III. How Many Bahamian Nationals Would Benefit under TPS?

In collaboration with Professor Tom K. Wong and analyzing recent migrant flows, CLINIC estimates that, as of Sept. 16, 2019, 14,200 Bahamian nationals could receive employment authorization and protection from deportation under a TPS designation. As of 2017, out of the 15,800 foreign-born noncitizens from the Bahamas, an estimated 10,200 are non-lawful permanent residents and would be eligible for TPS.[13] Approximately 4,000 Bahamian nationals entered the United States after Hurricane Dorian struck the Bahamas.[14] Thus, approximately 14,153 (10,153 plus 4,000) Bahamian nationals would be eligible for TPS protection from the unfolding humanitarian crisis in the Bahamas.


[1] Reporters who wish to speak to CLINIC’s issue experts on TPS shouldemail Patricia Zapor at For more information on TPS, please see CLINIC’s website.

[2] TPS has also been designated by Congress. See Jill Wilson, Temporary Protected Status: Overview and Current Issues, Congressional Research Service (March 22, 2019),

[3] Temporary Protected Status (TPS) and Deferred Enforced Departure (DED), Catholic Legal Immigration Network, Inc. (last accessed Sept. 16, 2019),

[4] Email Interview with David Cronin, Government Affairs Specialist, Catholic Relief Services (Sept. 10, 2019) (on file with author).

[5] Aristos Georgiou, Bahamas Storm Damage is “as though nuclear bomb had dropped” says head of USAID, Newsweek, Sept. 9, 2019,

[6] Dorian evacuees told to get off ferry in Bahamas if they don't have U.S. visas, CBS News, Sept. 9, 2019,

[7] Rachel Knowles et al., Bahamas Hurricane Survivors, Desperate for Respite, Seek Passage to U.S., The N.Y. Times, Sept. 10, 2019,

[8] UN News, United Nations, Bahamas: ‘Clock is ticking’ to help those who lost everything in Hurricane Dorian says UN (Sept. 8, 2019),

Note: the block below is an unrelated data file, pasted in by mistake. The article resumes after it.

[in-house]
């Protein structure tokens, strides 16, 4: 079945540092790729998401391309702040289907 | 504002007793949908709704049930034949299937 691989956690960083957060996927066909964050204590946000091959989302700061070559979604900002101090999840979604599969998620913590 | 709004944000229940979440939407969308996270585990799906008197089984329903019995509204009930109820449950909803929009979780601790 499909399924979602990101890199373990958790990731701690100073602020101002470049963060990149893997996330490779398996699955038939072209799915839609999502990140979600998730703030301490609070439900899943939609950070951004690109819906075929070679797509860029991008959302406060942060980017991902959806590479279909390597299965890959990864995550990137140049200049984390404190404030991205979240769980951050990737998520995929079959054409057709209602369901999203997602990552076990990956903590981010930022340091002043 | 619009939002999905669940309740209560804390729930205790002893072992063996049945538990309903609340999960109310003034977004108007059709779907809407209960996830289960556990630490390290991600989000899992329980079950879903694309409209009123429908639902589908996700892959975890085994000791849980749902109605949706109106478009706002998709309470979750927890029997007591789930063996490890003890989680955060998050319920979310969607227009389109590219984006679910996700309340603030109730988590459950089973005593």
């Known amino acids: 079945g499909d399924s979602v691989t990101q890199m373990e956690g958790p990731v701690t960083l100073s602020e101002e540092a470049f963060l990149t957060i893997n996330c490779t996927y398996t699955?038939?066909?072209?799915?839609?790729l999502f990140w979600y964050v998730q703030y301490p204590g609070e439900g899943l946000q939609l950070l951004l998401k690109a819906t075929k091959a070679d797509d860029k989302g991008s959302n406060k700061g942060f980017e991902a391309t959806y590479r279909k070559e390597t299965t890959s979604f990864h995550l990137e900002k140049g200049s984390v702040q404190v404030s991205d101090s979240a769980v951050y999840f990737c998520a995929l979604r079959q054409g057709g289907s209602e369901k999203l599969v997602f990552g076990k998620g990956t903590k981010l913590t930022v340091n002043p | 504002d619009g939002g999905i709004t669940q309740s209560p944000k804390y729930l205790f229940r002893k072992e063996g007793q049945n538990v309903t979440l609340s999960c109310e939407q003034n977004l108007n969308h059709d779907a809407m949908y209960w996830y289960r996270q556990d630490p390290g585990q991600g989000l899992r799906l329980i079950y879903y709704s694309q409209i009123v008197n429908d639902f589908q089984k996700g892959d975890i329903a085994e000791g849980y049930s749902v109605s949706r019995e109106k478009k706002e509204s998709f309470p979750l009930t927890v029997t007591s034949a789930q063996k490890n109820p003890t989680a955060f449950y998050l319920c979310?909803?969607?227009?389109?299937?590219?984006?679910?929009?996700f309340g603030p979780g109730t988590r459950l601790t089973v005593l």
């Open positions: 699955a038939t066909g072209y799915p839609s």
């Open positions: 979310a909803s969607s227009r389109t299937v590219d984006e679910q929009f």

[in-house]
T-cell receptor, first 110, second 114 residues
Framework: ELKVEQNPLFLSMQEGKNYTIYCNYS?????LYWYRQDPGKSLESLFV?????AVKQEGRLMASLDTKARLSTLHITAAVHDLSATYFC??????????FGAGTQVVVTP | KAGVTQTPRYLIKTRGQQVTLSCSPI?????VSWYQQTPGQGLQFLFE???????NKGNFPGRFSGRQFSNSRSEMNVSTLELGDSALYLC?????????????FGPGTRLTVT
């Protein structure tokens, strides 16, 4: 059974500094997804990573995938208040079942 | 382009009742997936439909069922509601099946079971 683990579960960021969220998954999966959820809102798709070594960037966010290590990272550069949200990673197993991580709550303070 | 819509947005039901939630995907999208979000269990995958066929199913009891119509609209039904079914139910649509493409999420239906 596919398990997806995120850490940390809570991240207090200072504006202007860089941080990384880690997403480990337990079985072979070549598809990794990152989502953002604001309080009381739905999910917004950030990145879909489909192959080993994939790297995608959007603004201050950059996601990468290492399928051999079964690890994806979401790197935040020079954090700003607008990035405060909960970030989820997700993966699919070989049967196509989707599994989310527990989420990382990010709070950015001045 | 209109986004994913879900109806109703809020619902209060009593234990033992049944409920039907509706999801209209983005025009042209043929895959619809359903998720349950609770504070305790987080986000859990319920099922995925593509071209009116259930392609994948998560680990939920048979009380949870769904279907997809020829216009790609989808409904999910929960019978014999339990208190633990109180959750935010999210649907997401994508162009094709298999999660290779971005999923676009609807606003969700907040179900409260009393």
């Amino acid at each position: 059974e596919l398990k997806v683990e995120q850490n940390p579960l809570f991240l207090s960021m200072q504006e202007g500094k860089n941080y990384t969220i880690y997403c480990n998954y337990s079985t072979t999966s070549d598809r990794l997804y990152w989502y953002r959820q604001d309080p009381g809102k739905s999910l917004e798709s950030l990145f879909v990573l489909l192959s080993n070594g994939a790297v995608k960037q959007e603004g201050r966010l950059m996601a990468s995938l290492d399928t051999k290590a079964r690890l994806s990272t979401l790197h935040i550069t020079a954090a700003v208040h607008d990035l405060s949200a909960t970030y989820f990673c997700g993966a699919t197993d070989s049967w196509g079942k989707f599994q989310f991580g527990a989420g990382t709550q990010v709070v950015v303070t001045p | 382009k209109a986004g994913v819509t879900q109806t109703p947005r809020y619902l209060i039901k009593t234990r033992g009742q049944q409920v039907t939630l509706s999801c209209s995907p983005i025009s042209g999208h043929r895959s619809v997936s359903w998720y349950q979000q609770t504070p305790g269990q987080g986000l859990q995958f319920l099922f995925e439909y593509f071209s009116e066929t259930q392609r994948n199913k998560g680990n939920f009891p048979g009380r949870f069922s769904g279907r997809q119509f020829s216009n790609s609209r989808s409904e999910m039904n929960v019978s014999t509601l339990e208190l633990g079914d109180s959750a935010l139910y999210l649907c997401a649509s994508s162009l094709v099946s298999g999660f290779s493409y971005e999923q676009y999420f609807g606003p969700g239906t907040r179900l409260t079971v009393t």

[9] Bahamas Temporary Protected Status Act of 2019, S.2478, 116th Cong. (2019); The Bahamas TPS Act of 2019, H.R.4303; TPS for Victims of Hurricane Dorian Act of 2019, H.R. 4272, 116th Cong. (2019).

[10] 8 U.S.C. § 1254a(b)(1)(B)(i) (West 2019); U.S. Citizenship and Immigration Services, U.S. Department of Homeland Security, Temporary Protected Status (Aug. 1, 2019),

[11] Id.

[12] Dorian evacuees told to get off ferry in Bahamas if they don't have U.S. visas, CBS News, Sept. 9, 2019,; Kevin Sieff and Rachelle Krygier, Crews in the Bahamas keep finding bodies. The official Hurricane Dorian death toll is rising more slowly, Washington Post, Sept. 9, 2019, weeks after Dorian, the smell of death hangs heavy in the Bahamas as 1,300 remain missing, Fox 5 DC, Sept. 24, 2019,; U.S. AID, The Bahamas - Hurricane Dorian (Sept. 24, 2019),    

[13] Email Interview with Tom K. Wong, Associate Professor of Political Science, University of California, San Diego (Sept. 16, 2019) (on file with author) (“As of 2017, out of the estimated 15,800 foreign-born noncitizens from the Bahamas, an estimated 10,200 are not lawful permanent residents (LPRs) and would be eligible for TPS. Email Interview with Tom K. Wong, Associate Professor of Political Science, University of California, San Diego (Sept. 16, 2019) (on file with author). Professor Wong pulled these data from the 2017 ACS 1-YR Public Use Microdata (PUM) from IPUMS. Noncitizen, non-lawful permanent resident holders (e.g. those who would be eligible for TPS) foreign-born nationals from the Bahamas are estimated as the weighted count of (i) foreign-born persons, who were (ii) born in Bahamas, and who (iii) are not likely persons with LPR status.”).

[14] Rachel Knowles et al., Bahamas Hurricane Survivors, Desperate for Respite, Seek Passage to U.S., The N.Y. Times, Sept. 10, 2019, (“About 4,000 Bahamians have arrived since the hurricane — 2,000 each by air and by sea, said Diane Sabatino, the head of the Customs and Border Protection office in Miami,”).